9 Great Ways to Feed Your Book Habit Without Amazon
We know it’s tempting: Amazon is inexpensive and incredibly convenient. You can score a copy of the bestseller on The New York Times’ Sunday Book Review, a garden hose, and even that nifty Hutzler Banana Slicer you’ve had your eye on, all with just a few clicks of your mouse.
But if you are irked that the books you see on Amazon’s website are being filtered for you based on how their publishers do business with the merchandising giant, there are alternatives to doing business there.
We’re not going to include the obvious places, like your public library or your local indie book store — both of which we hope you patronize regularly — but here are nine awesome online places to buy or swap your books.
1. Oyster: Advertised as a kind of “Netflix for books,” Oyster is a newish startup that charges $9.95 per month for unlimited access to more than 500,000 ebooks from big-name publishers like HarperCollins, Houghton Mifflin Harcourt, Melville House, Rodale, Smashwords, Perseus, and more. You can sync your books across all your devices, and also read offline. It’s recently added a children’s section that includes books from Disney Publishing, which is incredibly convenient if your kid turns to you at bedtime and says, “Just one more story! What else do we have to read?” One downside to Oyster Books: The app is currently for iOS only. The website does have a sign-up list for those who use Android, although there is currently no information on when it will be publishing on that platform.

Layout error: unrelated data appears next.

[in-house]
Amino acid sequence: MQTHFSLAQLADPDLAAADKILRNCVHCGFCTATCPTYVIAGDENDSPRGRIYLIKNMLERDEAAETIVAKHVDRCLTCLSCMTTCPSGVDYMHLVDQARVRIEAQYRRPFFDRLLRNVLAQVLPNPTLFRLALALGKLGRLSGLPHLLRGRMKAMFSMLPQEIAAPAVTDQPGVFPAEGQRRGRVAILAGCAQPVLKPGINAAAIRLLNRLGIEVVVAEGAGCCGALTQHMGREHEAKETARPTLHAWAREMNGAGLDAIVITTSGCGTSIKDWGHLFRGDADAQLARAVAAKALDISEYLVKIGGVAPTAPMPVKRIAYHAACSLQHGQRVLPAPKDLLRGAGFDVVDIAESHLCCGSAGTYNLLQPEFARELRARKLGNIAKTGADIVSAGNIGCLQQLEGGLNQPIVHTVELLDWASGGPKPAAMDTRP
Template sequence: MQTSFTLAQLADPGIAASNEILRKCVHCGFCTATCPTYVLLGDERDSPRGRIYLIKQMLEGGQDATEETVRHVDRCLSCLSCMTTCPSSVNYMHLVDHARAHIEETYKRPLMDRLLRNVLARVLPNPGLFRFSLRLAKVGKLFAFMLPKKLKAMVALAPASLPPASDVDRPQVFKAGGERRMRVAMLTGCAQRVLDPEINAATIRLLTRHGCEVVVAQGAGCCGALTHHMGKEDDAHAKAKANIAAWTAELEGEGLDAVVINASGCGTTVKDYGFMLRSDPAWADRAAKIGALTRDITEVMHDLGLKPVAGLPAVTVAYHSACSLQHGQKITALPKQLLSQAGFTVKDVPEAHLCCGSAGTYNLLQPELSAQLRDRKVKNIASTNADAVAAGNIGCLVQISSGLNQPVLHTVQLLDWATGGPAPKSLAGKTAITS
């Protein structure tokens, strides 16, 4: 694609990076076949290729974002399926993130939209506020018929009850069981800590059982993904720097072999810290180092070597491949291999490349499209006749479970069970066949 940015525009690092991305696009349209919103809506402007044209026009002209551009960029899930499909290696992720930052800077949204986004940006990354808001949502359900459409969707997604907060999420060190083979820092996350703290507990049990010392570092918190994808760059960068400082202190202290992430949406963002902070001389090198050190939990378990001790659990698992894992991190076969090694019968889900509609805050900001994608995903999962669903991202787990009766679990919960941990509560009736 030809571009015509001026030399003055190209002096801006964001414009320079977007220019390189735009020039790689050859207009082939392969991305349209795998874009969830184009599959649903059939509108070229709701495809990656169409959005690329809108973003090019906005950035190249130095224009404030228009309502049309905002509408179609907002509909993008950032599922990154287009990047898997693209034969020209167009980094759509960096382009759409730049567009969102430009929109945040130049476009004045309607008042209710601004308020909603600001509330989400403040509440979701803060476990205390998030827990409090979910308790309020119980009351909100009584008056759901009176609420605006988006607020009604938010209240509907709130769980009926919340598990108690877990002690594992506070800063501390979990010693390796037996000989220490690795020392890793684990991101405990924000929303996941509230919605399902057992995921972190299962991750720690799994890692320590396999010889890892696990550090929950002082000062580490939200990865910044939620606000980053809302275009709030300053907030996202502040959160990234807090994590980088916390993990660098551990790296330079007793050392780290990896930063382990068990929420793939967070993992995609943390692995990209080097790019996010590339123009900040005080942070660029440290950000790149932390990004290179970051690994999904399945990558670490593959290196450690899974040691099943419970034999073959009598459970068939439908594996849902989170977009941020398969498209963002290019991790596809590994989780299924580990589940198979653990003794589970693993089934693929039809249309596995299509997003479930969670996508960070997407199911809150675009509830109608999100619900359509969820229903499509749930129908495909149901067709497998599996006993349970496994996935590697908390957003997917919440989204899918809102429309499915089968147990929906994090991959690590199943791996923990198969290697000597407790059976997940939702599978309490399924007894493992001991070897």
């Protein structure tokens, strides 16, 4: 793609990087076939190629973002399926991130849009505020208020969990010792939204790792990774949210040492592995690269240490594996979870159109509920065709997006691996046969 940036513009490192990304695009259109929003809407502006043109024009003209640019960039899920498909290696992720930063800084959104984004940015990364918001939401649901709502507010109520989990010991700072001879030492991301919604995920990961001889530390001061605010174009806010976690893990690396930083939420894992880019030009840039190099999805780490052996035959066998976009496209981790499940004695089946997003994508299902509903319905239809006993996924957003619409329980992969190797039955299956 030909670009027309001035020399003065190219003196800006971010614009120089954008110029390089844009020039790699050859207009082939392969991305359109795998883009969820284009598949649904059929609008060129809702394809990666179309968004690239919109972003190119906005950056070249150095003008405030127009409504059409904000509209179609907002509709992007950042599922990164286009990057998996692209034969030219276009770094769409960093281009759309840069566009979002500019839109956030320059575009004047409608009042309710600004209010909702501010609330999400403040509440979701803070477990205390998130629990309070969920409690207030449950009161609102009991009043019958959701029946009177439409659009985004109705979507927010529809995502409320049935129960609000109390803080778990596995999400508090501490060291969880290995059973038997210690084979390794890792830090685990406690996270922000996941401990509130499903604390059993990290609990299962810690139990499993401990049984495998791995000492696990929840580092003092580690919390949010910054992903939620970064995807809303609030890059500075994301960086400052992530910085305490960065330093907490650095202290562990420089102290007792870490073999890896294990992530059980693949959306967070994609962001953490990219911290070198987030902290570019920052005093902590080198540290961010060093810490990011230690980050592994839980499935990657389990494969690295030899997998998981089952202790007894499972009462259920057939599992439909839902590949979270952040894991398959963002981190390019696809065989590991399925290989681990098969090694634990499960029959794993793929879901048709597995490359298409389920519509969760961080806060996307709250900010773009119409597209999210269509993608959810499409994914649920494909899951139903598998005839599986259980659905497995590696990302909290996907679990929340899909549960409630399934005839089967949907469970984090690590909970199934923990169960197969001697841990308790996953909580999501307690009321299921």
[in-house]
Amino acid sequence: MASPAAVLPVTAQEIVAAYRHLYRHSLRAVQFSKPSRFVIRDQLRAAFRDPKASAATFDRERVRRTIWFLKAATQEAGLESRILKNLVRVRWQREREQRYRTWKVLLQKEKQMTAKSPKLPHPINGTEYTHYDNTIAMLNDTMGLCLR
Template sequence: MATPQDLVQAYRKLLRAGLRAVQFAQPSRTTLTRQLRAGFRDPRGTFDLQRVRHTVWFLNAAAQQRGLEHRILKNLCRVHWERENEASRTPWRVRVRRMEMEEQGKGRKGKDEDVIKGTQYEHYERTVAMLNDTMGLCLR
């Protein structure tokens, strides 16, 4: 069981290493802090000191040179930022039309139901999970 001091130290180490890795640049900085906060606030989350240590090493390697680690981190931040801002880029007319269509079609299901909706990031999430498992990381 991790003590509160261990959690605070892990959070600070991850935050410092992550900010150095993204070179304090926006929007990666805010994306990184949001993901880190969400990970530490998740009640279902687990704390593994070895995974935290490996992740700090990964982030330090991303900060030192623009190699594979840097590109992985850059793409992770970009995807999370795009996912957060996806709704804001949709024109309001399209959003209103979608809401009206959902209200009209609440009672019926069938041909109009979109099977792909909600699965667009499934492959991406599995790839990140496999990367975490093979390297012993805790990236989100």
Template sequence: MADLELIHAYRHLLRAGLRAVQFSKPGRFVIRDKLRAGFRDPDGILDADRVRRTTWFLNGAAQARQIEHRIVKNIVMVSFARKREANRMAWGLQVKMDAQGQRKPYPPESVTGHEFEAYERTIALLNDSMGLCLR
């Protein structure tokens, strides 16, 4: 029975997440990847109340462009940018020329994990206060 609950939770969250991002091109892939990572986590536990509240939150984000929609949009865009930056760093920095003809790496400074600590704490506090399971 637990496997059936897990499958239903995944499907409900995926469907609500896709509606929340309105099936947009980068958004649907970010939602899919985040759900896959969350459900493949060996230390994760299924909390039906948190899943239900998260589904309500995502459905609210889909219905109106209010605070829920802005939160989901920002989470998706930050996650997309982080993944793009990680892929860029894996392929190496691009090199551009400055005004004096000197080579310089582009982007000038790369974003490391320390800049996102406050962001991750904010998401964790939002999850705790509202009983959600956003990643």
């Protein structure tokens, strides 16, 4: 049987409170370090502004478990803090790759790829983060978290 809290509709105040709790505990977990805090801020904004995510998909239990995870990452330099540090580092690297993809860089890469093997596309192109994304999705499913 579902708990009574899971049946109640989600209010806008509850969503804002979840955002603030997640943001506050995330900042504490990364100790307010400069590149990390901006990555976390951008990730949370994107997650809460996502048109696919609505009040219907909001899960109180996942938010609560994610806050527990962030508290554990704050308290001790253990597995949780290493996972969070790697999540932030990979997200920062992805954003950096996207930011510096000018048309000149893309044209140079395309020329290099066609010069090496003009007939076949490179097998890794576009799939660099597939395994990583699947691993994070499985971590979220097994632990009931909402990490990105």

2. Scribd: For $8.99 per month, Scribd reminds me of an all-you-can-eat buffet where the items are an eclectic array of dishes cooked by both famous chefs and home cooks. While Scribd carries books from major publishers like HarperCollins and Simon & Schuster, it also allows self-published books and documents to be uploaded, so let the buyer beware what she is downloading. Available for iOS, Android, and Kindle Fire.
3. Kobo: Kobo sells a line of e-reader devices, but you don’t have to buy one to read its books and magazines. In fact, Kobo’s library is available on an array of platforms: iOS, Android, desktop for Mac and PC, BlackBerry, and Windows 8, with a mobile Windows 8 version “coming soon.”
4. Nook: Barnes & Noble just announced a partnership with Samsung to create a co-branded tablet called the Galaxy Tab 4 Nook that would enhance the experience of e-reading. Passing on the hardware design to Samsung will hopefully allow Barnes & Noble to focus on what it does best: selling books. Like Kobo, Nook is available on diverse platforms.
5. iBooks: Yes, we know; it’s Apple. But it’s not Amazon, there are more than 2 million titles, and you can store your books in the cloud. Also, if there’s a particular passage that you think your friend will love, there’s a sharing function that enables you to highlight and share passages via email, text, or through social media. Available on Apple devices only.
Online hard-copy book sellers
6. Alibris: Kind of like eBay, in that you are buying from a number of different sellers, not Alibris itself. If you fear you are about to be buried in the books you have hoarded –– sorry, collected –– you can sell your books to Alibris for resale. Some say that the amount you need to spend to qualify for free shipping ($49.00) is a tad high.